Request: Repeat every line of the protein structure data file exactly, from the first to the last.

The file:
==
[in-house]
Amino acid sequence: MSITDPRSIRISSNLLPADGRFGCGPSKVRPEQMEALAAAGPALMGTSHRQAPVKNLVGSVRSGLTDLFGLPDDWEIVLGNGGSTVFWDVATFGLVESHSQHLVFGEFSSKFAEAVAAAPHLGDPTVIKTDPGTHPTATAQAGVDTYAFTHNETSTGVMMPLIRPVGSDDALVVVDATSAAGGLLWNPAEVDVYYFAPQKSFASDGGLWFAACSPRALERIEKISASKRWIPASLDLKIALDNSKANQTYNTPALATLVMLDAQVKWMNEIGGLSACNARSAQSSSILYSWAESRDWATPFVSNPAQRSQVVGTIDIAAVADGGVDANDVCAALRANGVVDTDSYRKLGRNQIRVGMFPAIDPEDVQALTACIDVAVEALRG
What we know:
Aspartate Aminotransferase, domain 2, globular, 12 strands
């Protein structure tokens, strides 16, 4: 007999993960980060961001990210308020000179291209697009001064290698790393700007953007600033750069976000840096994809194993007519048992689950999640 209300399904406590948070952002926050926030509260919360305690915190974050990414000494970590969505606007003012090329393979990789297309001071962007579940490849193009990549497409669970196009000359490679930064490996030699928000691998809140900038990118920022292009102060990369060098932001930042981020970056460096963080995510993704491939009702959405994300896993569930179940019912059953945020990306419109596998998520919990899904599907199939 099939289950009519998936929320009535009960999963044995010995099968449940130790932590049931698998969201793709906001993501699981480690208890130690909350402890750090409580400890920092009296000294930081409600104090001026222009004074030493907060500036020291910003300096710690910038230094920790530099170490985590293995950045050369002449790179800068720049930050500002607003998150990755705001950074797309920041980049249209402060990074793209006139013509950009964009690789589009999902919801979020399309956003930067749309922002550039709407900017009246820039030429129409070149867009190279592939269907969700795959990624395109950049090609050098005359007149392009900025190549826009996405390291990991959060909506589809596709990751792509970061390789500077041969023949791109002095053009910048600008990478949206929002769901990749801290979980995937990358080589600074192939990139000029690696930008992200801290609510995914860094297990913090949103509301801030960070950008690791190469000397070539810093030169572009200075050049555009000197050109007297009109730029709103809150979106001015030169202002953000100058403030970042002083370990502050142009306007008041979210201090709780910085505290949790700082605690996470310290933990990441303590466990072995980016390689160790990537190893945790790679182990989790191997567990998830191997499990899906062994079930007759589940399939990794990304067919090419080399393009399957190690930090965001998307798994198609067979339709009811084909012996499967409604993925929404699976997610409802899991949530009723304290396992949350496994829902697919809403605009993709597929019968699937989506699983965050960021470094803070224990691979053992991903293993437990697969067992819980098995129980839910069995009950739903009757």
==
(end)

[in-house]
Amino acid sequence: MSITDPRSIRISSNLLPADGRFGCGPSKVRPEQMEALAAAGPALMGTSHRQAPVKNLVGSVRSGLTDLFGLPDDWEIVLGNGGSTVFWDVATFGLVESHSQHLVFGEFSSKFAEAVAAAPHLGDPTVIKTDPGTHPTATAQAGVDTYAFTHNETSTGVMMPLIRPVGSDDALVVVDATSAAGGLLWNPAEVDVYYFAPQKSFASDGGLWFAACSPRALERIEKISASKRWIPASLDLKIALDNSKANQTYNTPALATLVMLDAQVKWMNEIGGLSACNARSAQSSSILYSWAESRDWATPFVSNPAQRSQVVGTIDIAAVADGGVDANDVCAALRANGVVDTDSYRKLGRNQIRVGMFPAIDPEDVQALTACIDVAVEALRG
What we know:
Aspartate Aminotransferase, domain 2, globular, 12 strands
């Protein structure tokens, strides 16, 4: 007999993960980060961001990210308020000179291209697009001064290698790393700007953007600033750069976000840096994809194993007519048992689950999640 209300399904406590948070952002926050926030509260919360305690915190974050990414000494970590969505606007003012090329393979990789297309001071962007579940490849193009990549497409669970196009000359490679930064490996030699928000691998809140900038990118920022292009102060990369060098932001930042981020970056460096963080995510993704491939009702959405994300896993569930179940019912059953945020990306419109596998998520919990899904599907199939 099939289950009519998936929320009535009960999963044995010995099968449940130790932590049931698998969201793709906001993501699981480690208890130690909350402890750090409580400890920092009296000294930081409600104090001026222009004074030493907060500036020291910003300096710690910038230094920790530099170490985590293995950045050369002449790179800068720049930050500002607003998150990755705001950074797309920041980049249209402060990074793209006139013509950009964009690789589009999902919801979020399309956003930067749309922002550039709407900017009246820039030429129409070149867009190279592939269907969700795959990624395109950049090609050098005359007149392009900025190549826009996405390291990991959060909506589809596709990751792509970061390789500077041969023949791109002095053009910048600008990478949206929002769901990749801290979980995937990358080589600074192939990139000029690696930008992200801290609510995914860094297990913090949103509301801030960070950008690791190469000397070539810093030169572009200075050049555009000197050109007297009109730029709103809150979106001015030169202002953000100058403030970042002083370990502050142009306007008041979210201090709780910085505290949790700082605690996470310290933990990441303590466990072995980016390689160790990537190893945790790679182990989790191997567990998830191997499990899906062994079930007759589940399939990794990304067919090419080399393009399957190690930090965001998307798994198609067979339709009811084909012996499967409604993925929404699976997610409802899991949530009723304290396992949350496994829902697919809403605009993709597929019968699937989506699983965050960021470094803070224990691979053992991903293993437990697969067992819980098995129980839910069995009950739903009757």